By Devan Truex, RN, BSN
October 30, 2019
Editor’s Note: This interview with a couple is part of our series that highlights the reality of using fertility awareness based methods (FABMs), including benefits as well as challenges of the various methods. The interview was conducted by a nursing student as part of an online elective offered by FACTS at her nursing program. This couple’s knowledge of the Sympto-Thermal Method (STM) made all the difference as they struggled with infertility and discovered a safe and effective approach to restore both fertility and health.
Introduction to FABMs
Clarissa and Thomas were introduced to the concept of Natural Family Planning (NFP) and FABMs before marriage. Until then, these concepts were completely foreign to the couple. However, FABMs would become an important part of their life together later in their marriage.
Clarissa had been told by a nurse practitioner that she may have difficulty conceiving due to the menstrual irregularities she had experienced years before. This problem became very real as the couple struggled to get pregnant in the early days of their marriage. Clarissa’s nurse practitioner recommended that she begin using oral contraceptives to “regulate her hormones” and establish some recognizable pattern in her menstrual cycle.
A Different Approach to Infertility
Despite these efforts, the couple still had difficulty conceiving. Clarissa then saw a physician who recommended fertility awareness based methods as a way to measure and track physical markers of ovulation. Clarissa and Thomas were taught the Sympto-Thermal Method as a way to watch for signs of ovulation. This method allowed the physician to begin looking into root causes of Clarissa’s subfertility and led to the eventual diagnosis of polycystic ovary syndrome (PCOS).
After diagnosing PCOS, Clarissa’s physician prescribed targeted hormonal therapy, hoping to assist the couple to conceive. Through the use of FABMs and targeted medical interventions, Clarissa and Thomas are the proud parents of five beautiful children.
Challenges Along the Way
Clarissa highlighted several challenges that accompanied her experience with FABMs. She found the Sympto-Thermal Method difficult to learn at first, but once she established it as part of her routine, it became more manageable. Looking at her cycle early on, she was unable to record any discernible changes in her body, which was later attributed to PCOS. She felt this was very stressful and it led to anger and frustration toward her body, since she knew what signs to look for but her body was unable to produce those signs.
Benefits of the Sympto-Thermal Method
Although Clarissa acknowledged challenges with the method, she also sang the praises of a natural method and the empowerment associated with knowing one’s body. Through the STM, she learned more about what her body does naturally, and the method confirmed when her body was working how it needed to in order to conceive. Clarissa delighted in the education she gleaned from using the STM because she felt like she actually understood her body, and this alleviated some of her emotional stress about her subfertility.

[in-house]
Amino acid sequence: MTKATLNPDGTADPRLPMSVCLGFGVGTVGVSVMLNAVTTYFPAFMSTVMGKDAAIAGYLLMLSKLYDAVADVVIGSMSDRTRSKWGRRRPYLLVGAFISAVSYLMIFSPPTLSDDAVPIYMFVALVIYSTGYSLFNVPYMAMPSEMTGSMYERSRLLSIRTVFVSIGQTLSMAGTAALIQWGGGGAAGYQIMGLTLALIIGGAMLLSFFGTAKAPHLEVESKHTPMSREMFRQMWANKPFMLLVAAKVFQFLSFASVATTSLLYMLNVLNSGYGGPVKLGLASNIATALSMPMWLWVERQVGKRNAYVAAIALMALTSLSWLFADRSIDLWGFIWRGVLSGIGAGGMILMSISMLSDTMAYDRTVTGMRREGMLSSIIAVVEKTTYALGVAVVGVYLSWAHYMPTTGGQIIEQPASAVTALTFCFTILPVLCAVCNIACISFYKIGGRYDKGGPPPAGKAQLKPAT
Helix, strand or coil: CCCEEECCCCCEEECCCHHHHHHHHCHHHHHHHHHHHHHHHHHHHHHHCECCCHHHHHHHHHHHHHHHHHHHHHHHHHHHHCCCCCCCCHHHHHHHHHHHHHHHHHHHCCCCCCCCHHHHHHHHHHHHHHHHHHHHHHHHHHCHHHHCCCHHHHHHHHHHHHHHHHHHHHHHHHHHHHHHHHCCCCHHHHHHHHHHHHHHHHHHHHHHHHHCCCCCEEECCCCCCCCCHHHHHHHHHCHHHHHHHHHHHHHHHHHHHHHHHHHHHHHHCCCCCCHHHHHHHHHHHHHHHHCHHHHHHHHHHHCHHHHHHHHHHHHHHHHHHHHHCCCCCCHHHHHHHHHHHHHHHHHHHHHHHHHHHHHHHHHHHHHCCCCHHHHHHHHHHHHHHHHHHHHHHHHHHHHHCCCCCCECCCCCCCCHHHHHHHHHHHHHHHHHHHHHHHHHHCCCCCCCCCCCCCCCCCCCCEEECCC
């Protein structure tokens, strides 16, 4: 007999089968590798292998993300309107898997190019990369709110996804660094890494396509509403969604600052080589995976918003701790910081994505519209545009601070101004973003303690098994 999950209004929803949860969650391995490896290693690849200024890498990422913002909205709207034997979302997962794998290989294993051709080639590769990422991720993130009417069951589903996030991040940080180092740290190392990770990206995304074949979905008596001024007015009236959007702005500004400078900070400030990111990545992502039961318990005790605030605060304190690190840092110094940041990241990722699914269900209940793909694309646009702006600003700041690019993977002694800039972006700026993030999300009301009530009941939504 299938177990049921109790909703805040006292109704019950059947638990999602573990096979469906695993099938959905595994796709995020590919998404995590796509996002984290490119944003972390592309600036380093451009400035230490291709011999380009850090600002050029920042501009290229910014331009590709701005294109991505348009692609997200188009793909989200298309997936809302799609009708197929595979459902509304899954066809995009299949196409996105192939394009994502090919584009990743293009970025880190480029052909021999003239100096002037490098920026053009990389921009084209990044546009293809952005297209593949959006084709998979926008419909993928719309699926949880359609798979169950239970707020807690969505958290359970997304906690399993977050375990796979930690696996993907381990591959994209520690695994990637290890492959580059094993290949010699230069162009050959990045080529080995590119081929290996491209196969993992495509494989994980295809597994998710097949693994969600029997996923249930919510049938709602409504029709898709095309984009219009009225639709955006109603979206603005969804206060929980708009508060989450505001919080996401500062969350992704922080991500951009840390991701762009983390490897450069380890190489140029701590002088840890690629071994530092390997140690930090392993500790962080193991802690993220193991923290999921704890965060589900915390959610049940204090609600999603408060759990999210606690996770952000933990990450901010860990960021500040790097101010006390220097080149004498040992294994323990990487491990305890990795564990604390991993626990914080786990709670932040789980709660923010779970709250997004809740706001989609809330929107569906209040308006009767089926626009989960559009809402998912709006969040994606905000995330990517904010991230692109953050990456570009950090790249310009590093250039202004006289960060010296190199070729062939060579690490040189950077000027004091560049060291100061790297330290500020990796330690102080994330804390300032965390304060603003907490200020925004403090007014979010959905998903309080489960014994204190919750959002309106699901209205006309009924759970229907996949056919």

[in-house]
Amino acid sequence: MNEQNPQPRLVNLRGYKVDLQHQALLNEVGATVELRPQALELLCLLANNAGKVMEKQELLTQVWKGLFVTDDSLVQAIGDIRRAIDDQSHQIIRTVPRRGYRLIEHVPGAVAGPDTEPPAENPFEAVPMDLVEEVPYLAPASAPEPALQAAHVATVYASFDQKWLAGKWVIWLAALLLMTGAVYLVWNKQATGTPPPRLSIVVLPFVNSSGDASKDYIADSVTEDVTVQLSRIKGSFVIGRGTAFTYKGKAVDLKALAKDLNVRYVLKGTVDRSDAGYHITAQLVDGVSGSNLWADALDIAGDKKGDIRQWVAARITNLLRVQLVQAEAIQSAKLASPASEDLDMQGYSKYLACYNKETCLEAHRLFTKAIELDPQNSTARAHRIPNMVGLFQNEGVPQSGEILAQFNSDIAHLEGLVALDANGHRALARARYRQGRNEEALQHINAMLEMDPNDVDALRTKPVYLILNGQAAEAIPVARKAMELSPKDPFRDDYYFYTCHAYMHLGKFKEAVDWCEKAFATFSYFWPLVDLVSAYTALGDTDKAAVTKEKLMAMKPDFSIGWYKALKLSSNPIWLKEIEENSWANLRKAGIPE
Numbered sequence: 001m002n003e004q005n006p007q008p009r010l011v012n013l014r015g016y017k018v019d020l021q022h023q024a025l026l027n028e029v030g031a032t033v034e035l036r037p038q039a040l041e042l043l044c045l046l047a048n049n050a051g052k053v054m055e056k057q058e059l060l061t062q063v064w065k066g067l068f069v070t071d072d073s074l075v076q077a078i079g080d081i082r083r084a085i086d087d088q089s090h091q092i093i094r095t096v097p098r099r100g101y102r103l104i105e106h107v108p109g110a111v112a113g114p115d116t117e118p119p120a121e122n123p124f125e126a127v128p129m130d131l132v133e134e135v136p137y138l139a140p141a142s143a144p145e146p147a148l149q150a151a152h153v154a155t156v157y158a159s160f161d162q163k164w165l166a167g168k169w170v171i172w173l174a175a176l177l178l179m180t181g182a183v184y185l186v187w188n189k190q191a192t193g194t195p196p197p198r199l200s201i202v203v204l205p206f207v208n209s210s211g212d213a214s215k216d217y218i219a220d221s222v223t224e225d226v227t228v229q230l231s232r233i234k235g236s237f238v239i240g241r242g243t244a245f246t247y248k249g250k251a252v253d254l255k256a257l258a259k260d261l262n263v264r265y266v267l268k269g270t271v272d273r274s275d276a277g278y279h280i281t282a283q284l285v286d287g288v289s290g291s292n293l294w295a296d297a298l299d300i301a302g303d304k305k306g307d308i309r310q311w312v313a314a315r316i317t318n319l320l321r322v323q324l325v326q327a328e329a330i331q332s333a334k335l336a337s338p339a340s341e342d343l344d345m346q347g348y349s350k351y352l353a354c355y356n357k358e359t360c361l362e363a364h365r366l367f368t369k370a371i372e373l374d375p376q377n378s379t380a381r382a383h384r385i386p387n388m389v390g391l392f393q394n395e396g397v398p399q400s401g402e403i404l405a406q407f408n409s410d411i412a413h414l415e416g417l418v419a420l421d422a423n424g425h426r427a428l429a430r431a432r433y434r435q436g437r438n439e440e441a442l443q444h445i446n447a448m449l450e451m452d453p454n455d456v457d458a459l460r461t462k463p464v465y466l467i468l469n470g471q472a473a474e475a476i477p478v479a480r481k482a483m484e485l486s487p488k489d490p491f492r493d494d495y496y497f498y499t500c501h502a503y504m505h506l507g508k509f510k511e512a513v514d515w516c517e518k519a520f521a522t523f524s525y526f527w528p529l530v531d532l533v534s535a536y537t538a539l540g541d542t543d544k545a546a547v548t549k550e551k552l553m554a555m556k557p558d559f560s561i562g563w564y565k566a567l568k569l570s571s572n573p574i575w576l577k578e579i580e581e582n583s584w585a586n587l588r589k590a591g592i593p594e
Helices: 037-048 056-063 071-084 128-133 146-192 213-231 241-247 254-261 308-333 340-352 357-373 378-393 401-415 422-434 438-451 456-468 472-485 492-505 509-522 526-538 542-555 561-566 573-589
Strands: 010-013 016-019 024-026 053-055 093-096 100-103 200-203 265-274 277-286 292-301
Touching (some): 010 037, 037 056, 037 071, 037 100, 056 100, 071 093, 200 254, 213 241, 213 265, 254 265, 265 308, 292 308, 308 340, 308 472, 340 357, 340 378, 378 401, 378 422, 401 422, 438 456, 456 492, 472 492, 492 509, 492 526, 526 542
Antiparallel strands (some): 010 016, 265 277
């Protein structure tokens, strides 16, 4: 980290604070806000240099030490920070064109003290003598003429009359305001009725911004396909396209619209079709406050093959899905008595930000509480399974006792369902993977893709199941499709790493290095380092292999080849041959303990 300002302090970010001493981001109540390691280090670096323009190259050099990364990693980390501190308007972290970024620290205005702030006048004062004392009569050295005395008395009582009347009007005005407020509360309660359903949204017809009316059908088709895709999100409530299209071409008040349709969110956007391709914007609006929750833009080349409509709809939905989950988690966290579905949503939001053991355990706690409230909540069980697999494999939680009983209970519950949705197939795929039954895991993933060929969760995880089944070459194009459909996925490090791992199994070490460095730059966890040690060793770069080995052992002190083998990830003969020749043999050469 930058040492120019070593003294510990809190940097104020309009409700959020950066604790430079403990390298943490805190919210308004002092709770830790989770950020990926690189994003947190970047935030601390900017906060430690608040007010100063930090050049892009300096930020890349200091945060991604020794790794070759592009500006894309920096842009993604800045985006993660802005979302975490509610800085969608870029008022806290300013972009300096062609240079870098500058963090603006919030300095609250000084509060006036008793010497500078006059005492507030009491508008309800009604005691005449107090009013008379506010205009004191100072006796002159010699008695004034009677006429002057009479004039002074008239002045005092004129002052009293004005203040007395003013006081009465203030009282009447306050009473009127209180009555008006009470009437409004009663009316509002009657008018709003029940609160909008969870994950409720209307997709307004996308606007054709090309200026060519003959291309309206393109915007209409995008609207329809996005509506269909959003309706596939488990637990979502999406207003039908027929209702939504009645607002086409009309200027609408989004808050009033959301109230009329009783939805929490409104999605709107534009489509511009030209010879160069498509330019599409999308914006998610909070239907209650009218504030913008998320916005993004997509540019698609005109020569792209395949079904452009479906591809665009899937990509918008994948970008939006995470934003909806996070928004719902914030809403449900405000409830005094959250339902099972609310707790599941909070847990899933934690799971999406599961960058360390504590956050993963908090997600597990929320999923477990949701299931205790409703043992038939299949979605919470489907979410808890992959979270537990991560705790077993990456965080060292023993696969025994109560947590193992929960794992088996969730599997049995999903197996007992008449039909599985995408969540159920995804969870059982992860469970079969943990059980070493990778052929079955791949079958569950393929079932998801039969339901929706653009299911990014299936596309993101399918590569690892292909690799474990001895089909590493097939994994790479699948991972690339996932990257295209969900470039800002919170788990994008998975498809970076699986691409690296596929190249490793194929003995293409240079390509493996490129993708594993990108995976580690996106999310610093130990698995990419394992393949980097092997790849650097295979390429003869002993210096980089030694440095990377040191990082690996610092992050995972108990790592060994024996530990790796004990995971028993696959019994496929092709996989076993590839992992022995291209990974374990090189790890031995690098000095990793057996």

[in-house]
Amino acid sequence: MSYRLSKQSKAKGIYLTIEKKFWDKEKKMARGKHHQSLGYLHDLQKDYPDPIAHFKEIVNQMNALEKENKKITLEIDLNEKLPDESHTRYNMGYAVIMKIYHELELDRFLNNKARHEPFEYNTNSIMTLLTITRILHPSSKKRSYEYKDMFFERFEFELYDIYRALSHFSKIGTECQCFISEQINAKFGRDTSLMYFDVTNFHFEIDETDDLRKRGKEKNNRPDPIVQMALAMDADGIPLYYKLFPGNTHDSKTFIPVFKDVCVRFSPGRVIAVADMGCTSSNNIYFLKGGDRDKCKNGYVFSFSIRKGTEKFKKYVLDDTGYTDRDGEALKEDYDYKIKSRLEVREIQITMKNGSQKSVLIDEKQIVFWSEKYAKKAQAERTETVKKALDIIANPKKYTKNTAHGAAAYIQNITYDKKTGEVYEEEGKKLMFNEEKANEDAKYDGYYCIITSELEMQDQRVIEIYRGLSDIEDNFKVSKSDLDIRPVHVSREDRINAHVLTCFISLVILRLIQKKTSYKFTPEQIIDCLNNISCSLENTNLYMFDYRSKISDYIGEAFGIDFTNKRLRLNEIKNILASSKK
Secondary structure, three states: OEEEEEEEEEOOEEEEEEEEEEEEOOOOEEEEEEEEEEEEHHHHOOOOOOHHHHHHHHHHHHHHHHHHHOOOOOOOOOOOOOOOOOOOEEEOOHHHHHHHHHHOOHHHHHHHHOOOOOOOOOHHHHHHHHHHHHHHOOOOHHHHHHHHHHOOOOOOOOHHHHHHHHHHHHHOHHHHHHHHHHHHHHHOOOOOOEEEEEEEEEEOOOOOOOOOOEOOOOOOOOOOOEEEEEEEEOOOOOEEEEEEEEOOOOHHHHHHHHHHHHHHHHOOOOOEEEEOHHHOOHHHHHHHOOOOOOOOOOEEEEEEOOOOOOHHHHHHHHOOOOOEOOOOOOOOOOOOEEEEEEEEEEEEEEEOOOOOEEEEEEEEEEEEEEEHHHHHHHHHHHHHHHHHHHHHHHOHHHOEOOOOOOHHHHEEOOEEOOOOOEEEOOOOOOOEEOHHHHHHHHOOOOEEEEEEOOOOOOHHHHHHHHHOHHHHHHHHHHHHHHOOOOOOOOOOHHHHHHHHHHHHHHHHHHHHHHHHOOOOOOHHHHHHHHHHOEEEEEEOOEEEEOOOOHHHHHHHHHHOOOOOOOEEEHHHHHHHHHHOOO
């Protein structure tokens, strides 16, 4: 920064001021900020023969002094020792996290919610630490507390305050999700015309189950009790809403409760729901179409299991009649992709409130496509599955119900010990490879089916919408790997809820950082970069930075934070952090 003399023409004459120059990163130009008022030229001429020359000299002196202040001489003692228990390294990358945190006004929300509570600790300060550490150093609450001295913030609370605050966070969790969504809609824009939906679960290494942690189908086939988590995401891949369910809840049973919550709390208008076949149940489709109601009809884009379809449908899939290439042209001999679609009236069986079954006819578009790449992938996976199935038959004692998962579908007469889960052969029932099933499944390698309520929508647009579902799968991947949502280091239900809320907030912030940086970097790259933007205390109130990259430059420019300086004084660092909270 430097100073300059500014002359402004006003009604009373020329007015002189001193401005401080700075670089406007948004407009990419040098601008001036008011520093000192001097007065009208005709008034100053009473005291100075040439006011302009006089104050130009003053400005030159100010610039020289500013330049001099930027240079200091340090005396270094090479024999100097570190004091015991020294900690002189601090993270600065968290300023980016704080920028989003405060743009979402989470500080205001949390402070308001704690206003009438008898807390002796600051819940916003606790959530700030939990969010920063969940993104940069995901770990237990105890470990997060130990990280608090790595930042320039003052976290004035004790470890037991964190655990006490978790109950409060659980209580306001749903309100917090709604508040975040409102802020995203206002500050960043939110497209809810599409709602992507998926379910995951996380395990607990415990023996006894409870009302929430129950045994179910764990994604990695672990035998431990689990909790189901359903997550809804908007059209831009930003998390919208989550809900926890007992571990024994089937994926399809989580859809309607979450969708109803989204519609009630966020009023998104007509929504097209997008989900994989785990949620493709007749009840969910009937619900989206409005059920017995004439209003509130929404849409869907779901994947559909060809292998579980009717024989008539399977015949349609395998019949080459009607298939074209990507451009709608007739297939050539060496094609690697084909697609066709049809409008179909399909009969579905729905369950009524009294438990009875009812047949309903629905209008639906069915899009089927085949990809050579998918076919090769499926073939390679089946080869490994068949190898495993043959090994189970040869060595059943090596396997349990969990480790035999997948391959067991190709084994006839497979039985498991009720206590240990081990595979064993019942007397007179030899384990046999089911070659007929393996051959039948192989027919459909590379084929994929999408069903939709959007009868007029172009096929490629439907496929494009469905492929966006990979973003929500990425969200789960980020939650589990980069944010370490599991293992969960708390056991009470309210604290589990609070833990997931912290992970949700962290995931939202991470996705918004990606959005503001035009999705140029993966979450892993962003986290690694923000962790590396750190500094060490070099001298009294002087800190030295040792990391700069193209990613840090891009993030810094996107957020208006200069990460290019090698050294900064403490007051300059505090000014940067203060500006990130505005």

She also credits NFP with creating healthier marriages by promoting teamwork within the couple and breaking down barriers surrounding conversations about reproductive health. She strongly believes all FABMs have numerous benefits for those who use them, especially young women and young couples who are empowered to understand their fertility.
Insights from a Nursing Student
In my conversation with Clarissa, I was amazed by her passion for people to understand their reproductive health. Although we live in the era of information with the Internet and social media, it is also a time of mass misinformation. When the cacophony of personal opinions and non-medical advice is stripped away, women are left with the scientific facts and truth, and FABMs have a lot to offer.
Fertility awareness based methods enable women and their partners to not only understand what it means to be fertile but also appreciate their fertility through objective measurements and subjective decision-making as a couple. That empowerment and teamwork mentality is instrumental to maintain a healthy, mature relationship, and I believe FABMs can be a nurturing guide to reproductive health while also enriching relationships.
Author Bio: Devan Truex, RN, BSN is a recent nursing graduate from Carroll College in Helena, Montana. She has begun her career as a Progressive Care Unit nurse in Washington State. Women’s health remains a deep-rooted passion, and she looks forward to becoming more involved with FABMs and patient care in the Pacific Northwest. Through FACTS, she learned about the variety of FABMs available and how to share that information with patients. She believes there is much to be gained by providing patients evidence-based information so they can make the best and most educated decisions for themselves and their families.
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“The online medical student elective empowered me with the knowledge to share with patients and coworkers about the true effectiveness of fertility awareness based methods. I learned the physiology of the woman’s menstrual cycle with great detail so that I can read charts systematically like an electrocardiogram. Not only are FABMs useful for family planning but even for diagnosing and treating medical conditions.”
Chris Galletti, MD (participated in FACTS elective as a 4th year medical student)
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